Posted by: "Jens"

jd@... <mailto:

jd@...?Subject=

> Can anyone (in this list) imagine a continuous relation on sets,

Sure. 2^R in DCPO*.

Here DCPO* is the cartesian closed category of *pointed*

directed-join-complete posets, or DCPOs with bottom, and their

directed-join-preserving functions. 2 is the "flat" or V-shaped DCPO

{_|_,0,1}, with _|_ < 0 and _|_ < 1 but with 0 and 1 incomparable. R

however is not a flat domain in that sense but rather is the linearly

ordered reals including -oo (which maps must send to bottom) and oo

(which maps can send anywhere, but any map from R to 2 that sends it to

0 or 1 must send some finite real to the same value).

Claim: 2^R is a tree-shaped DCPO whose root is its bottom (the function

that maps every real to bottom, i.e. are nowhere defined) and whose

leaves are its total elements (the functions that map no real to bottom,

i.e. are everywhere defined), namely the subsets of R.

To understand 2^R precisely it helps to consider 1^R first where 1 is

the flat singleton {_|_,0}. This is just R since it amounts to Dedekind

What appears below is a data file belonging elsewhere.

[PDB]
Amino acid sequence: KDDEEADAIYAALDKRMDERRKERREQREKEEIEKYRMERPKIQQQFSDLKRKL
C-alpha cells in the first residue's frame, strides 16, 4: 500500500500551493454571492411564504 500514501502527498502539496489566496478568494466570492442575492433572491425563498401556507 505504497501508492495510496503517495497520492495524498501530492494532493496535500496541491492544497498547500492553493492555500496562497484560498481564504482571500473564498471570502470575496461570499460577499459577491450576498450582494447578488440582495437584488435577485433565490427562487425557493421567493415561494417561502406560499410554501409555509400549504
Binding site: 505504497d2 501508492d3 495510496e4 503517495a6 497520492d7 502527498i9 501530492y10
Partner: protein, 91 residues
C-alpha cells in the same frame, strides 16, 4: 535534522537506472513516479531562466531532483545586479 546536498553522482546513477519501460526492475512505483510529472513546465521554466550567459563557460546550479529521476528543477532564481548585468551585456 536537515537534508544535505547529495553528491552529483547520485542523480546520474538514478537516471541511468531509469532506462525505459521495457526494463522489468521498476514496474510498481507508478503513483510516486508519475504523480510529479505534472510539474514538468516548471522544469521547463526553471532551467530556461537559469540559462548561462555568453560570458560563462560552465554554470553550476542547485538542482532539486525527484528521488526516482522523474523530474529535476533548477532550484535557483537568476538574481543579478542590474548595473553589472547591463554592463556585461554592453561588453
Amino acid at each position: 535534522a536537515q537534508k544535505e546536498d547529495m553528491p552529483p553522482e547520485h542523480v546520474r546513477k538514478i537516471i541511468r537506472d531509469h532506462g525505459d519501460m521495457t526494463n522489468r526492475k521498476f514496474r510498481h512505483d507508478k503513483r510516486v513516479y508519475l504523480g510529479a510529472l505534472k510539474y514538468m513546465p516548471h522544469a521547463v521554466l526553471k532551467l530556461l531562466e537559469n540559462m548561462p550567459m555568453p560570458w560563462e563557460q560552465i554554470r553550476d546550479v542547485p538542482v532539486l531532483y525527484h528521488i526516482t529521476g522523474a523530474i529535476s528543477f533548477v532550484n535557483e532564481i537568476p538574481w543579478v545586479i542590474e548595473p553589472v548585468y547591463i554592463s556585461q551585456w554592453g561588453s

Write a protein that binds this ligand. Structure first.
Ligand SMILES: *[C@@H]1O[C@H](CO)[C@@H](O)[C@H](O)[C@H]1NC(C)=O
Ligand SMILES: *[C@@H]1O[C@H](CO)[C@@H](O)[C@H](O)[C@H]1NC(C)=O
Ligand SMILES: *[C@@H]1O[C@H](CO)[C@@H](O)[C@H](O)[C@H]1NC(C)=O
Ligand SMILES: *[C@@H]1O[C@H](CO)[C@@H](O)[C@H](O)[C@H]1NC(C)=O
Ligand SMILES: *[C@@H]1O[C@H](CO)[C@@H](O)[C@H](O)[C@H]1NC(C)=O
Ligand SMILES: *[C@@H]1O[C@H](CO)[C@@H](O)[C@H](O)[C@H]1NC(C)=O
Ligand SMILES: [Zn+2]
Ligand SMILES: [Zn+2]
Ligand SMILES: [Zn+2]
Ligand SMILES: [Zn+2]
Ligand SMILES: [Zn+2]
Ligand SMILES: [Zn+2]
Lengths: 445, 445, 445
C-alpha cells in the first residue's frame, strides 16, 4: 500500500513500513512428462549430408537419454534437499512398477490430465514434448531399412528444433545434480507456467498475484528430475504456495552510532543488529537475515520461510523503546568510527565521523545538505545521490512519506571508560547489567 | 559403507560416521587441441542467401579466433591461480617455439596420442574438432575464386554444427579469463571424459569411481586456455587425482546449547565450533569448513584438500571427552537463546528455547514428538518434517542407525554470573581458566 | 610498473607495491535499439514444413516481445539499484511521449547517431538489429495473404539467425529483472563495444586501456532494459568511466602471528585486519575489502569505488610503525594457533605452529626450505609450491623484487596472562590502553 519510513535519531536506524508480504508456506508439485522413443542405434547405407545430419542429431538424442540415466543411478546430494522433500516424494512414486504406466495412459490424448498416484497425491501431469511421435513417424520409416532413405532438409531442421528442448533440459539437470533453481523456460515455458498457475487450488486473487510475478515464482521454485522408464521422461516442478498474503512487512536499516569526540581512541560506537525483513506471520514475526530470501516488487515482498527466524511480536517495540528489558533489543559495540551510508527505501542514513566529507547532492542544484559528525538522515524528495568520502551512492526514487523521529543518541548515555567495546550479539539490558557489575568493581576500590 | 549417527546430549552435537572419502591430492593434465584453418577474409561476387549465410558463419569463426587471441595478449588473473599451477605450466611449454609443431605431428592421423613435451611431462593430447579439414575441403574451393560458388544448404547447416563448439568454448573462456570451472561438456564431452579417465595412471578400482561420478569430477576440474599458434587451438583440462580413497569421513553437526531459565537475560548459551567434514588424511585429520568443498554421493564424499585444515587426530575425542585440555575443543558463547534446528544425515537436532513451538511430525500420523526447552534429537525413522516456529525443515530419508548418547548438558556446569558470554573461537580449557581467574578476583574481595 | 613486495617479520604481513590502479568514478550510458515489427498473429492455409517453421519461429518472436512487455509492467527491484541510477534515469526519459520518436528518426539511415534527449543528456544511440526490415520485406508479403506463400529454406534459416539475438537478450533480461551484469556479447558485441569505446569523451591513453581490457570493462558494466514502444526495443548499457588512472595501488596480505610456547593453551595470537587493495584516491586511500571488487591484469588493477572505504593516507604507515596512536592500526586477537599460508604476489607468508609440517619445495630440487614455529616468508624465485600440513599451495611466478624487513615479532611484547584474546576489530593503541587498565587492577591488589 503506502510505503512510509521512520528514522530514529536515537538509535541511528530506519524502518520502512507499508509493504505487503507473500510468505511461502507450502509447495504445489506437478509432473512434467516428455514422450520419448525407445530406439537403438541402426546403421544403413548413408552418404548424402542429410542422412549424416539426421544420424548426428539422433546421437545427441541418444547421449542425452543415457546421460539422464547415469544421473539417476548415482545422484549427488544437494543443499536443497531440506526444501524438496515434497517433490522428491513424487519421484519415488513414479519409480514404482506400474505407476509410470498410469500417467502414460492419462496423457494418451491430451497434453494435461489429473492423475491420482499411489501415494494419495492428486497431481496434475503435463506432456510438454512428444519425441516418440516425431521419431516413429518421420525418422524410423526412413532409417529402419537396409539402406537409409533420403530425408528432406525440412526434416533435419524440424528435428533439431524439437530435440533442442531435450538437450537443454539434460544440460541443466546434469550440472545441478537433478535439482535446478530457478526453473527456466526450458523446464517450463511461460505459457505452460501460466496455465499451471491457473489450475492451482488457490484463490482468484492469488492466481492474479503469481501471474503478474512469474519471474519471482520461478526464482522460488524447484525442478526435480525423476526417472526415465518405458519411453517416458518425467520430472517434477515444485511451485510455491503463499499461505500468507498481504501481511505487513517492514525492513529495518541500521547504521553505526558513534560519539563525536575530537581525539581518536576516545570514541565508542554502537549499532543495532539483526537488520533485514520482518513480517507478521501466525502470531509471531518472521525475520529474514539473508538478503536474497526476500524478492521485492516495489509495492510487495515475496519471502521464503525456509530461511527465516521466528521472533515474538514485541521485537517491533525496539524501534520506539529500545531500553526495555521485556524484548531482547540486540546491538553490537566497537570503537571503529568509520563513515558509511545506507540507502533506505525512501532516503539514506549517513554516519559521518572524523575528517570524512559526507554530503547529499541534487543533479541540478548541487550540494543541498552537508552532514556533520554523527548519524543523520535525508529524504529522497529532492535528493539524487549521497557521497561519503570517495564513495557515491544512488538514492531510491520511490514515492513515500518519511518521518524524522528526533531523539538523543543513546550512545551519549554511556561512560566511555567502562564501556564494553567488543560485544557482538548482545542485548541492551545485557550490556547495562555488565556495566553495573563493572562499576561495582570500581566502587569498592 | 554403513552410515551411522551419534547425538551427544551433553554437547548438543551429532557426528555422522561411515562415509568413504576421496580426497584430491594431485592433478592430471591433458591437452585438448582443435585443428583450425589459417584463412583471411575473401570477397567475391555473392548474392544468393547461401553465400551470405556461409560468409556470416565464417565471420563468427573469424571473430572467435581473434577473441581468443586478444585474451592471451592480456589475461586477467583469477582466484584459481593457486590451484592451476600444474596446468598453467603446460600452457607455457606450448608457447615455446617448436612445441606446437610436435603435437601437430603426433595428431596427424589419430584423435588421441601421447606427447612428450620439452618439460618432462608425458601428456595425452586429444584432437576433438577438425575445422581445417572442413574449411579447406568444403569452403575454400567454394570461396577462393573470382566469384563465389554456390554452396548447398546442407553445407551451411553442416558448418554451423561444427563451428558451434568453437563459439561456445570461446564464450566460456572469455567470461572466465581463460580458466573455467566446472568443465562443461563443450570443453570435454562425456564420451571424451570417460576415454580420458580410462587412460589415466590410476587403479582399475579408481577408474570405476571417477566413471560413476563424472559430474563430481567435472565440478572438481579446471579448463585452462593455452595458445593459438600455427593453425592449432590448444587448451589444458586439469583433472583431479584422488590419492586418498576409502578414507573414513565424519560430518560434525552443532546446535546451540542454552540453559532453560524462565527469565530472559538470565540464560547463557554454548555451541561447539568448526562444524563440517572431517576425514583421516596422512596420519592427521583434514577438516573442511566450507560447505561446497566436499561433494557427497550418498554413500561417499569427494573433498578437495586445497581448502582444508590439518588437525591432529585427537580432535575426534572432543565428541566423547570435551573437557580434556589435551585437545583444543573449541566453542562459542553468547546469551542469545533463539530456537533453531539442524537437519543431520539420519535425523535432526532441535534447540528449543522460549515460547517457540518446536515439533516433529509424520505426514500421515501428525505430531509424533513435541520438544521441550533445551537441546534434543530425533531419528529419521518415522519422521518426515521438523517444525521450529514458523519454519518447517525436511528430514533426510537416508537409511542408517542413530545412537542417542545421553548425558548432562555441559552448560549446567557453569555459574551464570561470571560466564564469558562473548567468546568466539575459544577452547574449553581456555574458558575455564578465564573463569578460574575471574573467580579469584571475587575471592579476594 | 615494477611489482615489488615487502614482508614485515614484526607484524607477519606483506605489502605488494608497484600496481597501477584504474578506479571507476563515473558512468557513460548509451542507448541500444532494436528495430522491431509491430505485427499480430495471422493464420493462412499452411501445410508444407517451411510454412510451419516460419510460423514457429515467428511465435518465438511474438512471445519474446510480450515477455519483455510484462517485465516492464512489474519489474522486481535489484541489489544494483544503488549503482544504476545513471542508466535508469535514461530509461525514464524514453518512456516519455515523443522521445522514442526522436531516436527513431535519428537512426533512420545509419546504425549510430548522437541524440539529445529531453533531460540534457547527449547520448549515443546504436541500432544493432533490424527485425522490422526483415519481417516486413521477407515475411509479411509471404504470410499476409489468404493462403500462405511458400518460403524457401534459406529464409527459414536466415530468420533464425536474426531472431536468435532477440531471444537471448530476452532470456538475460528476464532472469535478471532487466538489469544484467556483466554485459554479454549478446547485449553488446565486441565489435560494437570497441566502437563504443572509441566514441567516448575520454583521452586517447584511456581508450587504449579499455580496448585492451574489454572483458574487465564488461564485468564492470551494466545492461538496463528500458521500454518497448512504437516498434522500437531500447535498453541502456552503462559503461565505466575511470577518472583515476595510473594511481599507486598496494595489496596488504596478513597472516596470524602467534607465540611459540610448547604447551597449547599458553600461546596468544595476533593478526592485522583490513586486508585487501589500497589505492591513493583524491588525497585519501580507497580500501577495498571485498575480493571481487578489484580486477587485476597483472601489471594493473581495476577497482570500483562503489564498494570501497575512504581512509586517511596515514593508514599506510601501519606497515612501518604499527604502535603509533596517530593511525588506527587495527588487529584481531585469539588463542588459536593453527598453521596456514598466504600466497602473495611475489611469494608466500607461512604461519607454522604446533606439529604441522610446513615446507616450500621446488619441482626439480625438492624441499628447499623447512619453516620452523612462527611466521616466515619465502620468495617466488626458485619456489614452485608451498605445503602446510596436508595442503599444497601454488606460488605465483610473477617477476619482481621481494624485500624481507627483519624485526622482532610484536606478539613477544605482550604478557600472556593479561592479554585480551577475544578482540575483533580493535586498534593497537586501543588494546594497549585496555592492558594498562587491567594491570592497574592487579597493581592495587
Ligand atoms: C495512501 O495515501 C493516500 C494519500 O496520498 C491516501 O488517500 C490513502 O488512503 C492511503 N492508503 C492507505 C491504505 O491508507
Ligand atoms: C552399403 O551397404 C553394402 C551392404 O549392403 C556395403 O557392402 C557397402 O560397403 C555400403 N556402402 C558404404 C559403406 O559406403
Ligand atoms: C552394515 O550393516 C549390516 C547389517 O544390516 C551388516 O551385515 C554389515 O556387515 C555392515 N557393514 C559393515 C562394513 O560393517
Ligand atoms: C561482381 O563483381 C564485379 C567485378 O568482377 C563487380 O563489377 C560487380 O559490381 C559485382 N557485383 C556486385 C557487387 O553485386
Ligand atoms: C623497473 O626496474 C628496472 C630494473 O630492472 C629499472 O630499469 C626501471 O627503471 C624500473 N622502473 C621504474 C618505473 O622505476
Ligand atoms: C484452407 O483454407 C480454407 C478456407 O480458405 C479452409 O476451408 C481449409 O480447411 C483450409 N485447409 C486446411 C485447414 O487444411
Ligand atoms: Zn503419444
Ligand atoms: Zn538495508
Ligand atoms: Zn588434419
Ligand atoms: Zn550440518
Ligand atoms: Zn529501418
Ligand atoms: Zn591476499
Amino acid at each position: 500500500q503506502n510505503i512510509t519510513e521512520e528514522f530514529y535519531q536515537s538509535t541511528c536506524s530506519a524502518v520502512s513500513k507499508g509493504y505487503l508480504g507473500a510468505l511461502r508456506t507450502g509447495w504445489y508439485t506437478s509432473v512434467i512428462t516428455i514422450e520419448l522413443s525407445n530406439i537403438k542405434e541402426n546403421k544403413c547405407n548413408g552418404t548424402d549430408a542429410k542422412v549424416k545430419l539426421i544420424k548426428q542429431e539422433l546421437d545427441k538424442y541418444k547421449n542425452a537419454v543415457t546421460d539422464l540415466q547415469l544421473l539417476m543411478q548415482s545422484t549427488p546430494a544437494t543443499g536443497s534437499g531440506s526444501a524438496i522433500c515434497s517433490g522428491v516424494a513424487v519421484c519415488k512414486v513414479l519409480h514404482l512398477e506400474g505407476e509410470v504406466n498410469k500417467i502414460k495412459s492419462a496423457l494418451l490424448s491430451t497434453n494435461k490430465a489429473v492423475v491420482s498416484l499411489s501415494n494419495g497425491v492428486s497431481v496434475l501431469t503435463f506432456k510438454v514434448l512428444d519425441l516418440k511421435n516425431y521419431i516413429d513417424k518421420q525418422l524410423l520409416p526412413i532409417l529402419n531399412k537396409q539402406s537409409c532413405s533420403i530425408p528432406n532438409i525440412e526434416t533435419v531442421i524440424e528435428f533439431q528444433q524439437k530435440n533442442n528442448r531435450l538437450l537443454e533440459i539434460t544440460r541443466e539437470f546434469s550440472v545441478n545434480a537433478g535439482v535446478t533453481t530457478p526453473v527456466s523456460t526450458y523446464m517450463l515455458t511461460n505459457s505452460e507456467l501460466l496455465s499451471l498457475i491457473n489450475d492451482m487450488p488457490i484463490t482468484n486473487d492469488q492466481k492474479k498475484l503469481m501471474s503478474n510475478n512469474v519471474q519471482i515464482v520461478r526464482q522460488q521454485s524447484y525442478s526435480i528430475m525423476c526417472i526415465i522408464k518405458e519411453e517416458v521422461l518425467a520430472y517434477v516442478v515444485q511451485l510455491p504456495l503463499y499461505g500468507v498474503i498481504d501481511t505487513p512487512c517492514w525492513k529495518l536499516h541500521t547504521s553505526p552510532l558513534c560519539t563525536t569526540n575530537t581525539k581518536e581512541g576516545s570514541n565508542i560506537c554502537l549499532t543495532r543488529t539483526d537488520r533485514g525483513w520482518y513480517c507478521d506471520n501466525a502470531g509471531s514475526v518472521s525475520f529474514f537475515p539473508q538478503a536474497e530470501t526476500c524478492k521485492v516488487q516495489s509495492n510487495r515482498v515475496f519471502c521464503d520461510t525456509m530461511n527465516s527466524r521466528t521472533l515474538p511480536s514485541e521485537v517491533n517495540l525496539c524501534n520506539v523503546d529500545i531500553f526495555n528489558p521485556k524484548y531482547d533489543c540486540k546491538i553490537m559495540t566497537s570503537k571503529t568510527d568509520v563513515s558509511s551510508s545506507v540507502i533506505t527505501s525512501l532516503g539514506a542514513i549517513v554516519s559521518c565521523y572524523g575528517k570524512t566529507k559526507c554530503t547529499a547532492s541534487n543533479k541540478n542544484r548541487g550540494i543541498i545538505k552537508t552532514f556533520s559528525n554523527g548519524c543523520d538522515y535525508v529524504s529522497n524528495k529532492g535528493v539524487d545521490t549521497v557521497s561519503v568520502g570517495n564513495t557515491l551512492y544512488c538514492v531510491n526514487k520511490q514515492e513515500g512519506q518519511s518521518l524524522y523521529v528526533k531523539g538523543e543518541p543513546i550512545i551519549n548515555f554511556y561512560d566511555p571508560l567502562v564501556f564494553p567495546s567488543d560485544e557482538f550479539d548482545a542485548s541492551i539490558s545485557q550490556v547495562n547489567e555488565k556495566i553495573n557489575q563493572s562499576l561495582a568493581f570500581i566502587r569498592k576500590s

cuts in R ordered by inclusion of order filters (reverse inclusion of

order ideals). (R is the nearest thing to the linearly ordered poset Q

of rationals in DCPO* because Q is not directed-join-complete as a

partial order.)

Bottom in 1^R is the everywhere-undefined function. This function can't

be isolated in 1^R (i.e. 1^R is atomless) because if a function is

undefined at all finite reals it is undefined at top by

directed-join-completeness.

Top in 1^R is the function defined everywhere except at bottom This

function can't be isolated (1^R is coatomless) because a coatom would

have to be undefined at some finite x, and the function that is defined

precisely at x and all larger reals would be a strictly larger function

that is still not defined everywhere.

Viewing 2^R as a tree, each path can be understood as a copy of 1^R.

This set of paths would be a nice example of a set of Brouwerian choice

sequences for which choices are made continuously working from left to

right along the real axis, with the end product of a sequence being a

fully determined subset of R.

R being the unique complete (in the order interval topology rather than

the Scott topology) dense linear order, there is something canonical

about this example of a continuous tree. I suppose one could say it was

the unique complete dense binary tree, if that makes sense.

Vaughan Pratt